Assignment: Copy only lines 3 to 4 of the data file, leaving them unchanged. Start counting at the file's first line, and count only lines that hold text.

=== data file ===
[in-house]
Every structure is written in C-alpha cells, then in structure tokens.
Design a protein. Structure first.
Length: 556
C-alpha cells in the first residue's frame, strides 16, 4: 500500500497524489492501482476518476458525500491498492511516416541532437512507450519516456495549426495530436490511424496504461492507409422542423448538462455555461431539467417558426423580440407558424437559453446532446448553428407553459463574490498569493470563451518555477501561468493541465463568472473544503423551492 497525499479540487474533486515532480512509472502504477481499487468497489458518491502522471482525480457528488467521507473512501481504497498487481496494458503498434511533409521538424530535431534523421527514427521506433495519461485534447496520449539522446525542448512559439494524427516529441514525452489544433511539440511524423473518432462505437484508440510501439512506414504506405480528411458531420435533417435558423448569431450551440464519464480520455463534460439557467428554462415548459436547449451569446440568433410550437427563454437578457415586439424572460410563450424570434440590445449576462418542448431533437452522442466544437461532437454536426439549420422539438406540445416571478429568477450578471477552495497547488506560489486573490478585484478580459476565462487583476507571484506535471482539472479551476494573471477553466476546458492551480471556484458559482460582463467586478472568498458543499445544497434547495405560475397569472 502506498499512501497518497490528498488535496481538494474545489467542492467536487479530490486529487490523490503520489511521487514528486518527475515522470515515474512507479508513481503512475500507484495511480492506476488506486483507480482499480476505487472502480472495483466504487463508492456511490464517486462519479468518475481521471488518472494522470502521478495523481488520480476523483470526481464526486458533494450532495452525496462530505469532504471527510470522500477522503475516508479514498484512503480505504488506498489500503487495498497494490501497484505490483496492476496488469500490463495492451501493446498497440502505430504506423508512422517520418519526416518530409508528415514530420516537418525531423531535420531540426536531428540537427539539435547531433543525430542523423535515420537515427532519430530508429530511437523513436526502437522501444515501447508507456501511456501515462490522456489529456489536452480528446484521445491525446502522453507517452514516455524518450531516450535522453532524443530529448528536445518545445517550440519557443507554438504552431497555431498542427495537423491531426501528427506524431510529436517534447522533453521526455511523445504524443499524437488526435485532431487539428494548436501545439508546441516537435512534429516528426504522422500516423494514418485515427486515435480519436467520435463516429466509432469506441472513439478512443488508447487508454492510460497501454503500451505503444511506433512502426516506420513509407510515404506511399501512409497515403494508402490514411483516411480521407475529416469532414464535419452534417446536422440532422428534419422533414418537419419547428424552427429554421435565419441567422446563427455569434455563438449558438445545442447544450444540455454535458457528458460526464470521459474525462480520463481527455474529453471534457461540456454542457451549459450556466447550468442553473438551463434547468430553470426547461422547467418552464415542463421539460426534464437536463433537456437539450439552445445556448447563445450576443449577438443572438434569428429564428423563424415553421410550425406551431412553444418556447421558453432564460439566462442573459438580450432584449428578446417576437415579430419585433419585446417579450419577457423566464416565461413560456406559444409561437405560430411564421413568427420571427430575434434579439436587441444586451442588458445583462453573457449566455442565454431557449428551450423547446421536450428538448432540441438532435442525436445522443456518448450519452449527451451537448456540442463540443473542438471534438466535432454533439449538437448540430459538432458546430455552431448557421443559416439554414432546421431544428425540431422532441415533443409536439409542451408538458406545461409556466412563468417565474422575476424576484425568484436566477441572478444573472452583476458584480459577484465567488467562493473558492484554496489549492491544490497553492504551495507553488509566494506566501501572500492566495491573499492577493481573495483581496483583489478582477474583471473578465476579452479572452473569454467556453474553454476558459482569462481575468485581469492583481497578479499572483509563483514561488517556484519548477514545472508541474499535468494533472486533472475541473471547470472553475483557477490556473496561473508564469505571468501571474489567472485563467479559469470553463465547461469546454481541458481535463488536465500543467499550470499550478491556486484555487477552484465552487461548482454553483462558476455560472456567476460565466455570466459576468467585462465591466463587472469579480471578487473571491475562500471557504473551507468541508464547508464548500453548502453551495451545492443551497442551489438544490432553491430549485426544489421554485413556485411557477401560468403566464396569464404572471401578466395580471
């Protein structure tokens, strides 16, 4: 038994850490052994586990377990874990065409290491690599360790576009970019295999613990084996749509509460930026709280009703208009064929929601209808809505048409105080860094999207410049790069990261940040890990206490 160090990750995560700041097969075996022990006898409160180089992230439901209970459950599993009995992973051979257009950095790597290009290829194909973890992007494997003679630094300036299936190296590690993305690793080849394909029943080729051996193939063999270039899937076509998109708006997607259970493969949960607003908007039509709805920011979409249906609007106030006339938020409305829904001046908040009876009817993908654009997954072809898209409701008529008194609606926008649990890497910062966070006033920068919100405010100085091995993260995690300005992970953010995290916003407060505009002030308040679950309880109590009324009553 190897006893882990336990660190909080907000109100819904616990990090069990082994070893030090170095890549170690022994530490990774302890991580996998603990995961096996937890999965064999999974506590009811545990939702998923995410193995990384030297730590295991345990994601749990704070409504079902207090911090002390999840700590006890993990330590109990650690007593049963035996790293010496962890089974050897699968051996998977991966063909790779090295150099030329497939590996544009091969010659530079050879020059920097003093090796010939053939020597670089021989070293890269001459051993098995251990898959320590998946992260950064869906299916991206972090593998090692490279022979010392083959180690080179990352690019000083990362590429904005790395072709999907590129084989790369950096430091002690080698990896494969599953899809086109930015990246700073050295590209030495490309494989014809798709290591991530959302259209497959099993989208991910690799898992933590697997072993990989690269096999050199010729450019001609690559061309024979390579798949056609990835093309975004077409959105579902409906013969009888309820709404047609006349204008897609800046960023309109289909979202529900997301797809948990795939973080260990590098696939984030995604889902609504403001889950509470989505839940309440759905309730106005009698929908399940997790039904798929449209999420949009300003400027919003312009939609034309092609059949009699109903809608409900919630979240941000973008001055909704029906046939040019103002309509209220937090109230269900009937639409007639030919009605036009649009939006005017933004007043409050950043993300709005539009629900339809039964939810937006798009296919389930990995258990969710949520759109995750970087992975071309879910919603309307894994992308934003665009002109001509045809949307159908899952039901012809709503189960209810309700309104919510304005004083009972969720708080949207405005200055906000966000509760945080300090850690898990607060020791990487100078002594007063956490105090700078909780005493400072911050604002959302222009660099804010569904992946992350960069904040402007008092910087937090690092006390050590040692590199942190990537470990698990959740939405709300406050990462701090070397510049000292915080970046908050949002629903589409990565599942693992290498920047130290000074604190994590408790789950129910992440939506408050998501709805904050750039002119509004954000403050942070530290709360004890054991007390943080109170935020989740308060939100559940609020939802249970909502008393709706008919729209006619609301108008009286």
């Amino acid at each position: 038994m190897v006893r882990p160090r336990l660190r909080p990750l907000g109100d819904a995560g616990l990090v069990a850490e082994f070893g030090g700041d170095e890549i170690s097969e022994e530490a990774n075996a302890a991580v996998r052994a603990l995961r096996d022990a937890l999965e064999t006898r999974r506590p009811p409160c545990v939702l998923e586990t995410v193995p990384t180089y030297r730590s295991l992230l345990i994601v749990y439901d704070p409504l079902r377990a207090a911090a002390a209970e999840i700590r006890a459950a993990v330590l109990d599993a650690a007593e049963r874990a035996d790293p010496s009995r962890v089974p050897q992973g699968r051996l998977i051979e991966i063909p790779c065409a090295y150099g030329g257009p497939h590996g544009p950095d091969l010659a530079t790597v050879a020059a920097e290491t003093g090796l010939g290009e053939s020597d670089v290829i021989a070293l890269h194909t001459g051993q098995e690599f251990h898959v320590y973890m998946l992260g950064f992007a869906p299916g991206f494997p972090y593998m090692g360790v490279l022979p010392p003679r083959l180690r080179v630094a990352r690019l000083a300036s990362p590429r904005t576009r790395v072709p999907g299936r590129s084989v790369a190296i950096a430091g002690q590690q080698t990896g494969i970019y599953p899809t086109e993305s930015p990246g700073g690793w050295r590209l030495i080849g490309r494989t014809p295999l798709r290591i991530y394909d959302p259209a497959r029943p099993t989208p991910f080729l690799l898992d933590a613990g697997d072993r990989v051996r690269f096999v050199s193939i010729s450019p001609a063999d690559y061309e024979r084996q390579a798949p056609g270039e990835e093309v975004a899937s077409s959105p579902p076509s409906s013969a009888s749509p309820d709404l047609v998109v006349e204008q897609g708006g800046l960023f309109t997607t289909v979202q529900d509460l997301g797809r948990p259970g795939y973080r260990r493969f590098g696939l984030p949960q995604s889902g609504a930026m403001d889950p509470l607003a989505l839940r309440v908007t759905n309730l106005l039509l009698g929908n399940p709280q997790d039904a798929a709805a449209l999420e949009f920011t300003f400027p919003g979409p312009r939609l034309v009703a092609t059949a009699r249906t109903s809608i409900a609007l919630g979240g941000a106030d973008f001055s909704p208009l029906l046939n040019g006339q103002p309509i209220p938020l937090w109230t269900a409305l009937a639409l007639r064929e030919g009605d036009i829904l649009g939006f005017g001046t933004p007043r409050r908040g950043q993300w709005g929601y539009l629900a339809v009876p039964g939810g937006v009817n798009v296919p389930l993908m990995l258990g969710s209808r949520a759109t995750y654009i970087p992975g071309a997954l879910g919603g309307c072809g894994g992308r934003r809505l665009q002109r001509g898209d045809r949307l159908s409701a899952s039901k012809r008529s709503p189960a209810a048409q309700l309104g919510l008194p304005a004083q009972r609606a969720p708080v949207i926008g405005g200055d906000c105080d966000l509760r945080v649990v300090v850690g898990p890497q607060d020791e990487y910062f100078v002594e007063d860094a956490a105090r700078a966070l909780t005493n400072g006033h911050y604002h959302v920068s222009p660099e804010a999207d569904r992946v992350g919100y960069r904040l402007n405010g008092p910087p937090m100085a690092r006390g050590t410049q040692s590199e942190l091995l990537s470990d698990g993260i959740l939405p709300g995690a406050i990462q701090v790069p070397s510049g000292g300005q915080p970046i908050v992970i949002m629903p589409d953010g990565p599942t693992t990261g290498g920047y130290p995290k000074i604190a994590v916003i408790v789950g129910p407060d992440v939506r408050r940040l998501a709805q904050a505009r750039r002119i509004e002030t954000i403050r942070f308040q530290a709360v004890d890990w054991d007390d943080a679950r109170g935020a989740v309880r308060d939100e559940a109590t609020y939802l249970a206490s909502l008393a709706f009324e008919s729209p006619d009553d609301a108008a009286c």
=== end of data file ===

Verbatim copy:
Design a protein. Structure first.
Length: 556